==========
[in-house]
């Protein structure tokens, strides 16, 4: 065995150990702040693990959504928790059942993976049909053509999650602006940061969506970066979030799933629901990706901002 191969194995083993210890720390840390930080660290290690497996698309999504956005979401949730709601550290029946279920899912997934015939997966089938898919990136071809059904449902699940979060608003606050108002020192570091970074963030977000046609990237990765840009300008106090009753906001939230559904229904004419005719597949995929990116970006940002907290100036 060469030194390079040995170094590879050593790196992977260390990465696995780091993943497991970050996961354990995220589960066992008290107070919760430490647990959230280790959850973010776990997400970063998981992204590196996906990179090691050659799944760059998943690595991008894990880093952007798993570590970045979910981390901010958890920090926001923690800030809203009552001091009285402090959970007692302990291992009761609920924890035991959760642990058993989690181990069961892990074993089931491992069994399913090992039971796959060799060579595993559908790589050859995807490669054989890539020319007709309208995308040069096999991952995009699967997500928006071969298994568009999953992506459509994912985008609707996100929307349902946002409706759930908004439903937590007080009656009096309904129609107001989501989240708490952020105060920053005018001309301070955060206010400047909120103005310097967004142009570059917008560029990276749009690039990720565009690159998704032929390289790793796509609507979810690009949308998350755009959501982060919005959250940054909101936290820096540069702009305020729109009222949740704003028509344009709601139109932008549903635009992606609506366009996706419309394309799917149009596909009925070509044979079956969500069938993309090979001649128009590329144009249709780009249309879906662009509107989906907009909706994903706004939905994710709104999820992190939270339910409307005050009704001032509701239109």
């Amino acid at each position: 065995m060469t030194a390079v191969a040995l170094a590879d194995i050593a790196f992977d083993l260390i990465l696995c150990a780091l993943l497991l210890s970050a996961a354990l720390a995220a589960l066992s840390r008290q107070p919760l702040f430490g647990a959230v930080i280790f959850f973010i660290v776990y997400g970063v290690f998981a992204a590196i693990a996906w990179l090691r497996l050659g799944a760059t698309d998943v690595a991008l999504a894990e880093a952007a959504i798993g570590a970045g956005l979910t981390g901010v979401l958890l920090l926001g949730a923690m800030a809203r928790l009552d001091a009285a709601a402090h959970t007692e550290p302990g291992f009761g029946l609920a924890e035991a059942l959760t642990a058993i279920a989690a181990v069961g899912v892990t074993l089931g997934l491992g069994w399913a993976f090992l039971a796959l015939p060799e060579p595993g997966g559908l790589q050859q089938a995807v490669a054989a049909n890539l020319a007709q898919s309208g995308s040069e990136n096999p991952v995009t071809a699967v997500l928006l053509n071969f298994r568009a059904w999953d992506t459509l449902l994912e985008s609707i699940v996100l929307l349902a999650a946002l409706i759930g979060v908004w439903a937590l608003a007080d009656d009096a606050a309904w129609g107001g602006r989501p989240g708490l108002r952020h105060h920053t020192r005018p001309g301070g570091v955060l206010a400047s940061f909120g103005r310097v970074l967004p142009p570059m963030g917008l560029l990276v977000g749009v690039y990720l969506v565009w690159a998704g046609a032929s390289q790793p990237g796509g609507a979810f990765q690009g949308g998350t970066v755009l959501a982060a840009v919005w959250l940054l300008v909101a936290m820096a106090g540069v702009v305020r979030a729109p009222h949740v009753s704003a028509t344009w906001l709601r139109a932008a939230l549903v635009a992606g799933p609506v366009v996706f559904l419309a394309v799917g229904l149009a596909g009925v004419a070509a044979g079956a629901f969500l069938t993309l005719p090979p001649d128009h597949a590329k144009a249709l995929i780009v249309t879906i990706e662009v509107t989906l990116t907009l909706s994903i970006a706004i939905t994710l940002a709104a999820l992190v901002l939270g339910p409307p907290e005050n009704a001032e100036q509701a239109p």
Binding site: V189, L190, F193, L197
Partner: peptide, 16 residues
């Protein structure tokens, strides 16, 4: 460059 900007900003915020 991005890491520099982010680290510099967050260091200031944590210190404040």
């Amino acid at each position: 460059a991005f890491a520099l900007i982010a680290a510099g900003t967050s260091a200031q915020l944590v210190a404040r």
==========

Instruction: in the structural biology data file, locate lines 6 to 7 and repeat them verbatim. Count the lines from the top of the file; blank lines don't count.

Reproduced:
């Protein structure tokens, strides 16, 4: 460059 900007900003915020 991005890491520099982010680290510099967050260091200031944590210190404040």
């Amino acid at each position: 460059a991005f890491a520099l900007i982010a680290a510099g900003t967050s260091a200031q915020l944590v210190a404040r």